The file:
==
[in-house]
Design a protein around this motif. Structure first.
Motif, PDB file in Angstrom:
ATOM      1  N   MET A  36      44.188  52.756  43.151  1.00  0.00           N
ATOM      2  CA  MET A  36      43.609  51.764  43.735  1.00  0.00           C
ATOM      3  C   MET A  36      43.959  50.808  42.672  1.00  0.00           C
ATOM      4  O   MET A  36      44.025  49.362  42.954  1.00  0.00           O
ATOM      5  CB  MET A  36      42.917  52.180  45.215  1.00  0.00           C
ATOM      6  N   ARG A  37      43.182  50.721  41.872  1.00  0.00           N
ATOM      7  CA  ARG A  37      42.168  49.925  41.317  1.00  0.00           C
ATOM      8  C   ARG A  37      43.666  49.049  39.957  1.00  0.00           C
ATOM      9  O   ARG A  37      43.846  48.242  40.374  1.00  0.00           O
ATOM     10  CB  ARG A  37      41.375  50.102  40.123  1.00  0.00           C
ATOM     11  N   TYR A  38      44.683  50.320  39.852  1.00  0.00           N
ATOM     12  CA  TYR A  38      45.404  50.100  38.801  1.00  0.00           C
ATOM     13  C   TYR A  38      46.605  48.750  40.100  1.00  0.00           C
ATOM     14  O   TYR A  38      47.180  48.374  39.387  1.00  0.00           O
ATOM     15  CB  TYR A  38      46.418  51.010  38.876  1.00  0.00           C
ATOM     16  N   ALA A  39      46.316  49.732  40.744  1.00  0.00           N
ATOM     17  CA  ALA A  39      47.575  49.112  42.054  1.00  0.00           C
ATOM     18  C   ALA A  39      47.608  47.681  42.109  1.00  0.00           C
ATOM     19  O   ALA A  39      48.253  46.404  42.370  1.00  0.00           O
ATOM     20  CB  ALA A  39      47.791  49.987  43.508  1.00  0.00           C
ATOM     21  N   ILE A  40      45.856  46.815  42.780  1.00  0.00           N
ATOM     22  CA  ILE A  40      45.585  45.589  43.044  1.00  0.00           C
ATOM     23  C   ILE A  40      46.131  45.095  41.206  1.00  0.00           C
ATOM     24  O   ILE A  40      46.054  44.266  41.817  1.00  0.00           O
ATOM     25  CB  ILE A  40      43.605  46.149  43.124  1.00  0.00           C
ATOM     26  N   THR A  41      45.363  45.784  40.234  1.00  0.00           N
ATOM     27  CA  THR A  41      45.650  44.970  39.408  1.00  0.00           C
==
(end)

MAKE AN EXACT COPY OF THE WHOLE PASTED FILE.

[in-house]
Design a protein around this motif. Structure first.
Motif, PDB file in Angstrom:
ATOM      1  N   MET A  36      44.188  52.756  43.151  1.00  0.00           N
ATOM      2  CA  MET A  36      43.609  51.764  43.735  1.00  0.00           C
ATOM      3  C   MET A  36      43.959  50.808  42.672  1.00  0.00           C
ATOM      4  O   MET A  36      44.025  49.362  42.954  1.00  0.00           O
ATOM      5  CB  MET A  36      42.917  52.180  45.215  1.00  0.00           C
ATOM      6  N   ARG A  37      43.182  50.721  41.872  1.00  0.00           N
ATOM      7  CA  ARG A  37      42.168  49.925  41.317  1.00  0.00           C
ATOM      8  C   ARG A  37      43.666  49.049  39.957  1.00  0.00           C
ATOM      9  O   ARG A  37      43.846  48.242  40.374  1.00  0.00           O
ATOM     10  CB  ARG A  37      41.375  50.102  40.123  1.00  0.00           C
ATOM     11  N   TYR A  38      44.683  50.320  39.852  1.00  0.00           N
ATOM     12  CA  TYR A  38      45.404  50.100  38.801  1.00  0.00           C
ATOM     13  C   TYR A  38      46.605  48.750  40.100  1.00  0.00           C
ATOM     14  O   TYR A  38      47.180  48.374  39.387  1.00  0.00           O
ATOM     15  CB  TYR A  38      46.418  51.010  38.876  1.00  0.00           C
ATOM     16  N   ALA A  39      46.316  49.732  40.744  1.00  0.00           N
ATOM     17  CA  ALA A  39      47.575  49.112  42.054  1.00  0.00           C
ATOM     18  C   ALA A  39      47.608  47.681  42.109  1.00  0.00           C
ATOM     19  O   ALA A  39      48.253  46.404  42.370  1.00  0.00           O
ATOM     20  CB  ALA A  39      47.791  49.987  43.508  1.00  0.00           C
ATOM     21  N   ILE A  40      45.856  46.815  42.780  1.00  0.00           N
ATOM     22  CA  ILE A  40      45.585  45.589  43.044  1.00  0.00           C
ATOM     23  C   ILE A  40      46.131  45.095  41.206  1.00  0.00           C
ATOM     24  O   ILE A  40      46.054  44.266  41.817  1.00  0.00           O
ATOM     25  CB  ILE A  40      43.605  46.149  43.124  1.00  0.00           C
ATOM     26  N   THR A  41      45.363  45.784  40.234  1.00  0.00           N
ATOM     27  CA  THR A  41      45.650  44.970  39.408  1.00  0.00           C